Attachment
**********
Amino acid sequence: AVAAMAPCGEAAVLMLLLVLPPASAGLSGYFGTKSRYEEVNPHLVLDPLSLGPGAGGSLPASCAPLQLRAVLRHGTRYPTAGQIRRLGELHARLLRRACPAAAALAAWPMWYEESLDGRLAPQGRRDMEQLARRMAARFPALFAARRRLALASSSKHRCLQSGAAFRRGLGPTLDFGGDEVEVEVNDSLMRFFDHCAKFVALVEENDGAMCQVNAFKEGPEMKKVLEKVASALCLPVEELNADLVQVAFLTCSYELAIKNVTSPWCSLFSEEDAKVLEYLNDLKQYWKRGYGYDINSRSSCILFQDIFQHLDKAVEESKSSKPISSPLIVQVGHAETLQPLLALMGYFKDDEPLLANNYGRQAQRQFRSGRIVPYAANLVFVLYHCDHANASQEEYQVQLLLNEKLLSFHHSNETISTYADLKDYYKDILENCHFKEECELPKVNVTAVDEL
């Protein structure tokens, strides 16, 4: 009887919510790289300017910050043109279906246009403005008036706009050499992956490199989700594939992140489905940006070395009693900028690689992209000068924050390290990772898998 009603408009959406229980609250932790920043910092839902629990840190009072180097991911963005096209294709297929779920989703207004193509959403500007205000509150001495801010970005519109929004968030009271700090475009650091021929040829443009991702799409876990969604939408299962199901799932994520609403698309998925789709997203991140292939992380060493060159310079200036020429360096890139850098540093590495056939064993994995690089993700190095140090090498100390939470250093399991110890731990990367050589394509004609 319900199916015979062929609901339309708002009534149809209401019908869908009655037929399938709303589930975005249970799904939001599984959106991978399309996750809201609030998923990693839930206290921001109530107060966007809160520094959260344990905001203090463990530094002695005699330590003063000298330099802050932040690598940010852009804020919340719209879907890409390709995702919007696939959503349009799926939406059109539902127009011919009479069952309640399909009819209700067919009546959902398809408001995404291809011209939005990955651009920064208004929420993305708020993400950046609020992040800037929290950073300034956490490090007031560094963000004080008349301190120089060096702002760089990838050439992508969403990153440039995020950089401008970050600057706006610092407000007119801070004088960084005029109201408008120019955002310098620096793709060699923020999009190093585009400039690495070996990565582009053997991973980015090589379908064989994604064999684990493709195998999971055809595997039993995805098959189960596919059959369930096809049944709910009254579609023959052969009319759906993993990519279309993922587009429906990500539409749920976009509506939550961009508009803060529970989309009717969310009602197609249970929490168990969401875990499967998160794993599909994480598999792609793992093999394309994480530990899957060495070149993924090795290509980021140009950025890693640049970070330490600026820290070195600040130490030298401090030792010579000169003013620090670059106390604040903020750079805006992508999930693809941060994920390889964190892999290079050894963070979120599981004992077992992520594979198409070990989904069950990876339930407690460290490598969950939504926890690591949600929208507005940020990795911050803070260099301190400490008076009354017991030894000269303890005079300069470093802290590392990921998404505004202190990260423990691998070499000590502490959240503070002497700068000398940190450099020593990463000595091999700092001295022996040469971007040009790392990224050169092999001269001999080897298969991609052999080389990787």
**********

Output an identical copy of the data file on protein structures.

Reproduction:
Amino acid sequence: AVAAMAPCGEAAVLMLLLVLPPASAGLSGYFGTKSRYEEVNPHLVLDPLSLGPGAGGSLPASCAPLQLRAVLRHGTRYPTAGQIRRLGELHARLLRRACPAAAALAAWPMWYEESLDGRLAPQGRRDMEQLARRMAARFPALFAARRRLALASSSKHRCLQSGAAFRRGLGPTLDFGGDEVEVEVNDSLMRFFDHCAKFVALVEENDGAMCQVNAFKEGPEMKKVLEKVASALCLPVEELNADLVQVAFLTCSYELAIKNVTSPWCSLFSEEDAKVLEYLNDLKQYWKRGYGYDINSRSSCILFQDIFQHLDKAVEESKSSKPISSPLIVQVGHAETLQPLLALMGYFKDDEPLLANNYGRQAQRQFRSGRIVPYAANLVFVLYHCDHANASQEEYQVQLLLNEKLLSFHHSNETISTYADLKDYYKDILENCHFKEECELPKVNVTAVDEL
């Protein structure tokens, strides 16, 4: 009887919510790289300017910050043109279906246009403005008036706009050499992956490199989700594939992140489905940006070395009693900028690689992209000068924050390290990772898998 009603408009959406229980609250932790920043910092839902629990840190009072180097991911963005096209294709297929779920989703207004193509959403500007205000509150001495801010970005519109929004968030009271700090475009650091021929040829443009991702799409876990969604939408299962199901799932994520609403698309998925789709997203991140292939992380060493060159310079200036020429360096890139850098540093590495056939064993994995690089993700190095140090090498100390939470250093399991110890731990990367050589394509004609 319900199916015979062929609901339309708002009534149809209401019908869908009655037929399938709303589930975005249970799904939001599984959106991978399309996750809201609030998923990693839930206290921001109530107060966007809160520094959260344990905001203090463990530094002695005699330590003063000298330099802050932040690598940010852009804020919340719209879907890409390709995702919007696939959503349009799926939406059109539902127009011919009479069952309640399909009819209700067919009546959902398809408001995404291809011209939005990955651009920064208004929420993305708020993400950046609020992040800037929290950073300034956490490090007031560094963000004080008349301190120089060096702002760089990838050439992508969403990153440039995020950089401008970050600057706006610092407000007119801070004088960084005029109201408008120019955002310098620096793709060699923020999009190093585009400039690495070996990565582009053997991973980015090589379908064989994604064999684990493709195998999971055809595997039993995805098959189960596919059959369930096809049944709910009254579609023959052969009319759906993993990519279309993922587009429906990500539409749920976009509506939550961009508009803060529970989309009717969310009602197609249970929490168990969401875990499967998160794993599909994480598999792609793992093999394309994480530990899957060495070149993924090795290509980021140009950025890693640049970070330490600026820290070195600040130490030298401090030792010579000169003013620090670059106390604040903020750079805006992508999930693809941060994920390889964190892999290079050894963070979120599981004992077992992520594979198409070990989904069950990876339930407690460290490598969950939504926890690591949600929208507005940020990795911050803070260099301190400490008076009354017991030894000269303890005079300069470093802290590392990921998404505004202190990260423990691998070499000590502490959240503070002497700068000398940190450099020593990463000595091999700092001295022996040469971007040009790392990224050169092999001269001999080897298969991609052999080389990787």